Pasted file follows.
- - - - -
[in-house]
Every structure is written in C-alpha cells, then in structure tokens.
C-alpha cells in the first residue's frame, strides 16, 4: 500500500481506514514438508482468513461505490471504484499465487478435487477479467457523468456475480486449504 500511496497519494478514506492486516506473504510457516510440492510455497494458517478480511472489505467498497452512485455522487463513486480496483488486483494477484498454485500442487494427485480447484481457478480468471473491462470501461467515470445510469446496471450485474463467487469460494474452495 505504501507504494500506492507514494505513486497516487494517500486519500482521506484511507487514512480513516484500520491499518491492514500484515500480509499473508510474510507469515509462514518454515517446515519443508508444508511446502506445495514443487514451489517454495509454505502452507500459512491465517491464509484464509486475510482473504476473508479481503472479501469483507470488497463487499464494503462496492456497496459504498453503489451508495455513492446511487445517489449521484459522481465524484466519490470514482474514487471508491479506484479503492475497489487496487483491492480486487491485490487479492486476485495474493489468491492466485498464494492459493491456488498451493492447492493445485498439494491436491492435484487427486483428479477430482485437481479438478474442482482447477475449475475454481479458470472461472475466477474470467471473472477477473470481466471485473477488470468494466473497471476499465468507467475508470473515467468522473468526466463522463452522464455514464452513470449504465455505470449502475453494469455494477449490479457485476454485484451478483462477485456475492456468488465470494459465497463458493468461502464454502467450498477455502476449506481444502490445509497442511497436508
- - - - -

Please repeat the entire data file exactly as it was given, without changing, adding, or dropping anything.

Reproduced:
[in-house]
Every structure is written in C-alpha cells, then in structure tokens.
C-alpha cells in the first residue's frame, strides 16, 4: 500500500481506514514438508482468513461505490471504484499465487478435487477479467457523468456475480486449504 500511496497519494478514506492486516506473504510457516510440492510455497494458517478480511472489505467498497452512485455522487463513486480496483488486483494477484498454485500442487494427485480447484481457478480468471473491462470501461467515470445510469446496471450485474463467487469460494474452495 505504501507504494500506492507514494505513486497516487494517500486519500482521506484511507487514512480513516484500520491499518491492514500484515500480509499473508510474510507469515509462514518454515517446515519443508508444508511446502506445495514443487514451489517454495509454505502452507500459512491465517491464509484464509486475510482473504476473508479481503472479501469483507470488497463487499464494503462496492456497496459504498453503489451508495455513492446511487445517489449521484459522481465524484466519490470514482474514487471508491479506484479503492475497489487496487483491492480486487491485490487479492486476485495474493489468491492466485498464494492459493491456488498451493492447492493445485498439494491436491492435484487427486483428479477430482485437481479438478474442482482447477475449475475454481479458470472461472475466477474470467471473472477477473470481466471485473477488470468494466473497471476499465468507467475508470473515467468522473468526466463522463452522464455514464452513470449504465455505470449502475453494469455494477449490479457485476454485484451478483462477485456475492456468488465470494459465497463458493468461502464454502467450498477455502476449506481444502490445509497442511497436508